Ruwan Pathiranageeco friends collectives Sri Lanka · sustainable development
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Citations since 2017
3 Research Items
Human–elephant conflict (HEC) is a severe and much-debated issue in Sri Lanka. An average of two hundred animals are intentionally killed, and seventy to eighty human casualties are counted each year. The Sri Lankan elephant (Elephas maximus maximus) is an endangered subspecies. The reported elephant mortality rates are high. On the other hand,huma...
In rural Sri Lanka, human-wildlife conflict has increasingly become a hindrance to sustainable development in different aspects. In small-scale farming, a number of animal species are ravaging crops, contributing to the socioeconomic insecurity of peasant cultivators. Also, wild animals are threatening the safety of villagers. On the other hand, ef...
The study deals with social–ecological dynamics in irrigated agriculture in Sri Lanka’s dry zone. Paddy cultivation on small-scale farms, the prevalent livelihood strategy in the region, is highly dependent on irrigation. Small village tanks and large-scale irrigation schemes shape agricultural life, together with modernized agrarian technologies i...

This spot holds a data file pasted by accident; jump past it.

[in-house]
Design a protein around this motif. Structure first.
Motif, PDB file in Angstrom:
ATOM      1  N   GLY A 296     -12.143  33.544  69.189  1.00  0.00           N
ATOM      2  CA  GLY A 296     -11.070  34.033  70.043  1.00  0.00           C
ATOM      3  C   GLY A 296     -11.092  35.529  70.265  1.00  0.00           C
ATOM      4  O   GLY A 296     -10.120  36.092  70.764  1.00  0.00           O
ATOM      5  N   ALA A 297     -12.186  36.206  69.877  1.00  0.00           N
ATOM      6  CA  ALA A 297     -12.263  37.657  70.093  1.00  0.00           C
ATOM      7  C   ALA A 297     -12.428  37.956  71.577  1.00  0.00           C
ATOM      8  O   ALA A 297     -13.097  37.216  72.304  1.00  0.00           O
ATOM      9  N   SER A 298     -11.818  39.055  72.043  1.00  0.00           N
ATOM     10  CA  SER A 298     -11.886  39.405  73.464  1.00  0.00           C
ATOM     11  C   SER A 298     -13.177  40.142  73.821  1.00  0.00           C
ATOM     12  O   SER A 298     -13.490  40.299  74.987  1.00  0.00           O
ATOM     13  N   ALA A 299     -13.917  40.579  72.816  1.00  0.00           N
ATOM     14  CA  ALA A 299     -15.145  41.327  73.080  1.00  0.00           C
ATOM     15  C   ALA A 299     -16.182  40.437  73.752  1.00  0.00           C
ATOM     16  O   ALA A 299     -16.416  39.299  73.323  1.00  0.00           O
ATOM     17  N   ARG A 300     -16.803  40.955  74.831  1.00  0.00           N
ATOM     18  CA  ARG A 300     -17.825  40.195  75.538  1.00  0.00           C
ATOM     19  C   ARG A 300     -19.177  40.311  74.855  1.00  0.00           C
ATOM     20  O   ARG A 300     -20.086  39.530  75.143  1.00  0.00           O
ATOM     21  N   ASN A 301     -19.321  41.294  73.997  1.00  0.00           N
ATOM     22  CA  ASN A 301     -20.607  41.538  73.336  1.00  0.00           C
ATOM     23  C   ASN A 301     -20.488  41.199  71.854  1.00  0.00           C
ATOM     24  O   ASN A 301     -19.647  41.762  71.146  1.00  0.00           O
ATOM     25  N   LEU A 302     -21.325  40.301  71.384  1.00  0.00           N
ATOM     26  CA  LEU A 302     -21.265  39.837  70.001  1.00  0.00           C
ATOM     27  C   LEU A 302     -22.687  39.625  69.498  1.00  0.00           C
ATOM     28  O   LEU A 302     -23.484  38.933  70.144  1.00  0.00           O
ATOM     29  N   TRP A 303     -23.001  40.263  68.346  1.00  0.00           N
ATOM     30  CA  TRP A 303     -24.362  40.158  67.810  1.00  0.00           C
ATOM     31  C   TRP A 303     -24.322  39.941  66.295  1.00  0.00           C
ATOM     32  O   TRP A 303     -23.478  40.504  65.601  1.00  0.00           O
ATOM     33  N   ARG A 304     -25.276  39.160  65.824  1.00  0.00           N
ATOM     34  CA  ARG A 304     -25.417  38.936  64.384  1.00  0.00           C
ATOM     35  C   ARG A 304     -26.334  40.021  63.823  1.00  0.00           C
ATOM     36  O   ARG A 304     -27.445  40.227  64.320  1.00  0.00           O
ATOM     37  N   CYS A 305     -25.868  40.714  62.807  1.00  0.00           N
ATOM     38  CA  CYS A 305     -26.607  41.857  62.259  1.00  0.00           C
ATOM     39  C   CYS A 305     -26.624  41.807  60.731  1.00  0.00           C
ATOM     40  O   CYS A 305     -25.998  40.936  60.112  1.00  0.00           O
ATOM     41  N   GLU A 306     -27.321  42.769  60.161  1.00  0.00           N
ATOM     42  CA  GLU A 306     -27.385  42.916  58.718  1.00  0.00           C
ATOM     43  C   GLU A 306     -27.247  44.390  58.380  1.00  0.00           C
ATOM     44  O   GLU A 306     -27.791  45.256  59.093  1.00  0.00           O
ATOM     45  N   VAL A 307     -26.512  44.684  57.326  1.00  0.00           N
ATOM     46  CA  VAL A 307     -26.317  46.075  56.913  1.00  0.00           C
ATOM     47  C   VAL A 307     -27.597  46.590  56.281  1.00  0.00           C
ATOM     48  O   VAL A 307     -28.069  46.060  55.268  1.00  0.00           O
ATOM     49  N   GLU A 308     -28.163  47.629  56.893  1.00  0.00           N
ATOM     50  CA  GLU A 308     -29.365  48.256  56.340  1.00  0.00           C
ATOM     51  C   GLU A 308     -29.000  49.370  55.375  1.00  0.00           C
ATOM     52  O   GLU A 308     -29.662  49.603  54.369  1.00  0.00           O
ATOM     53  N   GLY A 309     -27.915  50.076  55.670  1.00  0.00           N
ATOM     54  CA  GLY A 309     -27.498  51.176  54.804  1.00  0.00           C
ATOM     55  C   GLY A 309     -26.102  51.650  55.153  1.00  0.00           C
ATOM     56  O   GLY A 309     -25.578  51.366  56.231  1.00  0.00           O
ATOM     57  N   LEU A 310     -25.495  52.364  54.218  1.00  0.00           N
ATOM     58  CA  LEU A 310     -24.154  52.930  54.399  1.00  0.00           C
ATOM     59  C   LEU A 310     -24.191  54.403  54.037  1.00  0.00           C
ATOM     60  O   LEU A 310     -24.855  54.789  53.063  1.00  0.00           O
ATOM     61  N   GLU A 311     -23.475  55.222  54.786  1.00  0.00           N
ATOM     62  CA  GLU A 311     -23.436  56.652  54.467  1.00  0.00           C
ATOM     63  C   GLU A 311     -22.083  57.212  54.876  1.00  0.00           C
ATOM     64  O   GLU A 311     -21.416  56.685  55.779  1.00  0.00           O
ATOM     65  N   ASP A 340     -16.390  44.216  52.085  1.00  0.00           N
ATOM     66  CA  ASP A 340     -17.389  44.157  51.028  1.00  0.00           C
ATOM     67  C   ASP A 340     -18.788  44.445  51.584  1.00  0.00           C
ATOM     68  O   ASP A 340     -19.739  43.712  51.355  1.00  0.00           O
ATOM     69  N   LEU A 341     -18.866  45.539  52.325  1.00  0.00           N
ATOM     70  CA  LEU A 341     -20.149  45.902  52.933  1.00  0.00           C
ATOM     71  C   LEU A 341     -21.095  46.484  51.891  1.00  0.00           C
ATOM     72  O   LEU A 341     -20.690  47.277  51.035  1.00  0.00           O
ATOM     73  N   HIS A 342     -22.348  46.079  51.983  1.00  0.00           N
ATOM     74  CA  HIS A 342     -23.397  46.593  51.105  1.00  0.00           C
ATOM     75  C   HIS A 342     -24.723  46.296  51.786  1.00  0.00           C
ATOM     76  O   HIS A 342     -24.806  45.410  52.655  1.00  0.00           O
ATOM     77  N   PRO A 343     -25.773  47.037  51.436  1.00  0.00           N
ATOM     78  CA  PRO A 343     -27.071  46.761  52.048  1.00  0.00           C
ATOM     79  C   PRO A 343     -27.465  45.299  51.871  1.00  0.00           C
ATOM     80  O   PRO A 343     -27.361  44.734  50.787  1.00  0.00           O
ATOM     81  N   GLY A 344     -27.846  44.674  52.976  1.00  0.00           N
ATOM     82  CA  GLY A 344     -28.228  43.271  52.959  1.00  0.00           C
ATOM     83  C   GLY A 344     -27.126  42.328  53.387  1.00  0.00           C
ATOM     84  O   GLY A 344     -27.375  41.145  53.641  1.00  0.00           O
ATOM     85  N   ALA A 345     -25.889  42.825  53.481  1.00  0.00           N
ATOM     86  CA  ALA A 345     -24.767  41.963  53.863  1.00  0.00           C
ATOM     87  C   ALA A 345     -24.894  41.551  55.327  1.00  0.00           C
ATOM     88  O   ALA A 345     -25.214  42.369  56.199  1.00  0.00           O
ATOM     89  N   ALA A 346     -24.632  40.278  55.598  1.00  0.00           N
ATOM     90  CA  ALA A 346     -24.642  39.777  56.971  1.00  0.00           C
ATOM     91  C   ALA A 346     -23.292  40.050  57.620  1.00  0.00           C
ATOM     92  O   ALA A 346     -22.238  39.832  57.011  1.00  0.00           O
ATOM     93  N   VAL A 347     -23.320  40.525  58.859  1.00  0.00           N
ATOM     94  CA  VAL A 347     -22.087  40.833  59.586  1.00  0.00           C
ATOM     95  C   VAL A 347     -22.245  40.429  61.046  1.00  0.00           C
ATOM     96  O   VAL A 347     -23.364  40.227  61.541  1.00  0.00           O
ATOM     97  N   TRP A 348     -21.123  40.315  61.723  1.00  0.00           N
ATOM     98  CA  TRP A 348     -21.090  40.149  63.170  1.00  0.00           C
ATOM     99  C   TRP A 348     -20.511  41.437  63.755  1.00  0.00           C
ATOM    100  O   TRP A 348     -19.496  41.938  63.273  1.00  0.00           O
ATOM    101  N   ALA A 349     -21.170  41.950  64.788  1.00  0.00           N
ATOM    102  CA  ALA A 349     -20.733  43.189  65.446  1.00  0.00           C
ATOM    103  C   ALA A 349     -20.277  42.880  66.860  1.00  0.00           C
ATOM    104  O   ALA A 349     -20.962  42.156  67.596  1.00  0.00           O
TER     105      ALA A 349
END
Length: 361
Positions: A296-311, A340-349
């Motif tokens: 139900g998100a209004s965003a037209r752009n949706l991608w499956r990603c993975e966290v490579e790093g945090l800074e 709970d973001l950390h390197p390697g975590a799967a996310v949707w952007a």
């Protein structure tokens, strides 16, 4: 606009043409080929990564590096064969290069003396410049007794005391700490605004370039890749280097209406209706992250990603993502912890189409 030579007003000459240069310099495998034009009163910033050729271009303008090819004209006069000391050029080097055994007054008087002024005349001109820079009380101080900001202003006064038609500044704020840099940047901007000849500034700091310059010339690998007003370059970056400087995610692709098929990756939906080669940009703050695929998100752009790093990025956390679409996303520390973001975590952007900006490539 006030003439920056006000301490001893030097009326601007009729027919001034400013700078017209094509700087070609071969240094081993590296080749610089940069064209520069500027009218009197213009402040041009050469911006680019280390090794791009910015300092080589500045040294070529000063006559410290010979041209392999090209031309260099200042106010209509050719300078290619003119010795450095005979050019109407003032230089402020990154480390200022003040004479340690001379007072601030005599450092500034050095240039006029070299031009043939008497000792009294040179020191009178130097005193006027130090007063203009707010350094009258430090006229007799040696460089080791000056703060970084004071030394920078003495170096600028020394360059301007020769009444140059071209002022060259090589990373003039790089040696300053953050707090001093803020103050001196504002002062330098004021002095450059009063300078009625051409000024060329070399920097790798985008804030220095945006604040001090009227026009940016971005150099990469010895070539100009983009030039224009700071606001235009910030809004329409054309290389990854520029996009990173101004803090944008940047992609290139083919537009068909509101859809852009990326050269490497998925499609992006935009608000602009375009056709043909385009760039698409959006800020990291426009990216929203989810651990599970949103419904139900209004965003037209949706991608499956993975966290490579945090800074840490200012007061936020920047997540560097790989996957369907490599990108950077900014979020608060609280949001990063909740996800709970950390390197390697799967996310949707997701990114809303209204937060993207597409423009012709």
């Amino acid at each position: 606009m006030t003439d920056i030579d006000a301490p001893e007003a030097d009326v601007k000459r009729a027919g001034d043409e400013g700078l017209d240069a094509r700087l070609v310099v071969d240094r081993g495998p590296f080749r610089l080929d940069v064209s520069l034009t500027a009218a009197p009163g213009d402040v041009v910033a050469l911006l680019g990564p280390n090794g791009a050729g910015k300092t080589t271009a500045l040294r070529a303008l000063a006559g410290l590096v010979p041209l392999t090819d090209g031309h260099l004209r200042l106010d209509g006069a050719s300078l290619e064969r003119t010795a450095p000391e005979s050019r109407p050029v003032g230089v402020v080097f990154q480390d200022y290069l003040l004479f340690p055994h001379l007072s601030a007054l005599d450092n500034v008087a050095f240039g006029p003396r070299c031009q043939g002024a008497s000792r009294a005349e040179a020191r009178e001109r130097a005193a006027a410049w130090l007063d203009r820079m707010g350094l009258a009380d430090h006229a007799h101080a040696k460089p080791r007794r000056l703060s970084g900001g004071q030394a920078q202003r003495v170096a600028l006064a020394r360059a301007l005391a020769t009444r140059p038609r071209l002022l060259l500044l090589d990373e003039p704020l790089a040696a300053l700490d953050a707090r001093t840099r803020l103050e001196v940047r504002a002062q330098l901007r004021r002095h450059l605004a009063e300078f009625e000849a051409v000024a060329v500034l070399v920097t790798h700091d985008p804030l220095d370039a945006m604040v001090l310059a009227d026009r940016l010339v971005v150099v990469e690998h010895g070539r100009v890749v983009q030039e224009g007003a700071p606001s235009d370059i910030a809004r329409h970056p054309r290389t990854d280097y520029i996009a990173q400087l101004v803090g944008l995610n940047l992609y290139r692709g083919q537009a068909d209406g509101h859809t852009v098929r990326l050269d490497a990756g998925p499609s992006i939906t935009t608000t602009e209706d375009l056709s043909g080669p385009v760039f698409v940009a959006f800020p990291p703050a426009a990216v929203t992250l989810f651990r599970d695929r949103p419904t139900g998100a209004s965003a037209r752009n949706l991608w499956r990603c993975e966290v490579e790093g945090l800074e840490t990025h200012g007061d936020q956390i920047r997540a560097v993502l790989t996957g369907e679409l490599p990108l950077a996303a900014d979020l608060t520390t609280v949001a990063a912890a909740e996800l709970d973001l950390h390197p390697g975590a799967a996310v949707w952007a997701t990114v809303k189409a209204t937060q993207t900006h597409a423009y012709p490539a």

Köpke, S., Withanachchi, Sisira., Pathiranage, R, Withanachchi, Chandana., and Ploeger, A. Political Ecology of Irrigation Agriculture in Dry Zone Sri Lanka. XV IWRA World Water Conference, Edinburgh UK, May 25, 2015. The presentation is based on the collaborative research project Institute for Social Sciences, Technische Universität Braunschweig,...
Lack of attention to spatial and temporal cross-scale dynamics and effects could be understood as one of the lacunas in scholarship on river basin management. Within the water-climate-food-energy nexus, an integrated and inclusive approach that recognizes traditional knowledge about and experiences of climate change and water resource management ca...
This project aims to understand socio-economic, political, geographic and ecological drivers of human-elephant conflict in Sri Lanka. It is financed by the University of Kassel (ZFF seed funding) and based on ethnographic methods. It attempts a synthesis of political ecology, critical agrarian studies and institutional perspectives to human-wildlife interactions in rural settings.
This is my dissertation project, dealing with questions of dryland agriculture, rural conflict, and economic development. Most papers I have written in 2012-2017 fall into the scope of this project.